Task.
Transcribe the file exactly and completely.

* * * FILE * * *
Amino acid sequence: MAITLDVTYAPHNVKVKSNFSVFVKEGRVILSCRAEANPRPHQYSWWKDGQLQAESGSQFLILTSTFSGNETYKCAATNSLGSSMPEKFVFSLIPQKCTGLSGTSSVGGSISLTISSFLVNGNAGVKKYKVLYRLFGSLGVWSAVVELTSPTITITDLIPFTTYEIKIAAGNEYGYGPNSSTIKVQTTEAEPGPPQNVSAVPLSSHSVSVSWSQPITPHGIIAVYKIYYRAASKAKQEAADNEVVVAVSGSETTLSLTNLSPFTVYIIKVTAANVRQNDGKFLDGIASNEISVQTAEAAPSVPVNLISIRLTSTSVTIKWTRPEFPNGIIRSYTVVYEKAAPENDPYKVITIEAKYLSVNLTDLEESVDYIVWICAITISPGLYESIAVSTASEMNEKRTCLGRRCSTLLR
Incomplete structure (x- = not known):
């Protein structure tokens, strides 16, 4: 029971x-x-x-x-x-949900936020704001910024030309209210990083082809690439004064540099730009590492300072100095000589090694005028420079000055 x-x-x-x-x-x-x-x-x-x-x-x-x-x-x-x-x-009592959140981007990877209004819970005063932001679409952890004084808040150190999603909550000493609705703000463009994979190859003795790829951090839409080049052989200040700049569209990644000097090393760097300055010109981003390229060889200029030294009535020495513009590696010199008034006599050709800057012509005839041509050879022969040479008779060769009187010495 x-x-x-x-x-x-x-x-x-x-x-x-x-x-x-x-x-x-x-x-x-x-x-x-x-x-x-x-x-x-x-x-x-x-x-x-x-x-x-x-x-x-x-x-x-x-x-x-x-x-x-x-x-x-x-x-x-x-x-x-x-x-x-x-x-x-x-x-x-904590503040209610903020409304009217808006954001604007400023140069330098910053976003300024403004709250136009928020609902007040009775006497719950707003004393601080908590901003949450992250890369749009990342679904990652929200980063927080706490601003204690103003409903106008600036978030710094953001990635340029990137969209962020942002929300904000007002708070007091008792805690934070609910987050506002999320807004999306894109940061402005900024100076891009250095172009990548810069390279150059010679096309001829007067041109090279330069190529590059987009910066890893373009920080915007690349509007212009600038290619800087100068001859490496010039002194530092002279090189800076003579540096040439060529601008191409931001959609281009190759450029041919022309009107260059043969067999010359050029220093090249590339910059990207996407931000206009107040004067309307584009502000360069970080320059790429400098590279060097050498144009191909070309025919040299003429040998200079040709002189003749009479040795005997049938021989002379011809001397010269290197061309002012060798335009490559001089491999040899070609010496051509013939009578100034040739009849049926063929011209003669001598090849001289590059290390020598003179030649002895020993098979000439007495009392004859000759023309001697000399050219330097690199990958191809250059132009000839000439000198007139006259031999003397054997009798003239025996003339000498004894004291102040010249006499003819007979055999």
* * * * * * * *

Amino acid sequence: MAITLDVTYAPHNVKVKSNFSVFVKEGRVILSCRAEANPRPHQYSWWKDGQLQAESGSQFLILTSTFSGNETYKCAATNSLGSSMPEKFVFSLIPQKCTGLSGTSSVGGSISLTISSFLVNGNAGVKKYKVLYRLFGSLGVWSAVVELTSPTITITDLIPFTTYEIKIAAGNEYGYGPNSSTIKVQTTEAEPGPPQNVSAVPLSSHSVSVSWSQPITPHGIIAVYKIYYRAASKAKQEAADNEVVVAVSGSETTLSLTNLSPFTVYIIKVTAANVRQNDGKFLDGIASNEISVQTAEAAPSVPVNLISIRLTSTSVTIKWTRPEFPNGIIRSYTVVYEKAAPENDPYKVITIEAKYLSVNLTDLEESVDYIVWICAITISPGLYESIAVSTASEMNEKRTCLGRRCSTLLR
Incomplete structure (x- = not known):
């Protein structure tokens, strides 16, 4: 029971x-x-x-x-x-949900936020704001910024030309209210990083082809690439004064540099730009590492300072100095000589090694005028420079000055 x-x-x-x-x-x-x-x-x-x-x-x-x-x-x-x-x-009592959140981007990877209004819970005063932001679409952890004084808040150190999603909550000493609705703000463009994979190859003795790829951090839409080049052989200040700049569209990644000097090393760097300055010109981003390229060889200029030294009535020495513009590696010199008034006599050709800057012509005839041509050879022969040479008779060769009187010495 x-x-x-x-x-x-x-x-x-x-x-x-x-x-x-x-x-x-x-x-x-x-x-x-x-x-x-x-x-x-x-x-x-x-x-x-x-x-x-x-x-x-x-x-x-x-x-x-x-x-x-x-x-x-x-x-x-x-x-x-x-x-x-x-x-x-x-x-x-904590503040209610903020409304009217808006954001604007400023140069330098910053976003300024403004709250136009928020609902007040009775006497719950707003004393601080908590901003949450992250890369749009990342679904990652929200980063927080706490601003204690103003409903106008600036978030710094953001990635340029990137969209962020942002929300904000007002708070007091008792805690934070609910987050506002999320807004999306894109940061402005900024100076891009250095172009990548810069390279150059010679096309001829007067041109090279330069190529590059987009910066890893373009920080915007690349509007212009600038290619800087100068001859490496010039002194530092002279090189800076003579540096040439060529601008191409931001959609281009190759450029041919022309009107260059043969067999010359050029220093090249590339910059990207996407931000206009107040004067309307584009502000360069970080320059790429400098590279060097050498144009191909070309025919040299003429040998200079040709002189003749009479040795005997049938021989002379011809001397010269290197061309002012060798335009490559001089491999040899070609010496051509013939009578100034040739009849049926063929011209003669001598090849001289590059290390020598003179030649002895020993098979000439007495009392004859000759023309001697000399050219330097690199990958191809250059132009000839000439000198007139006259031999003397054997009798003239025996003339000498004894004291102040010249006499003819007979055999």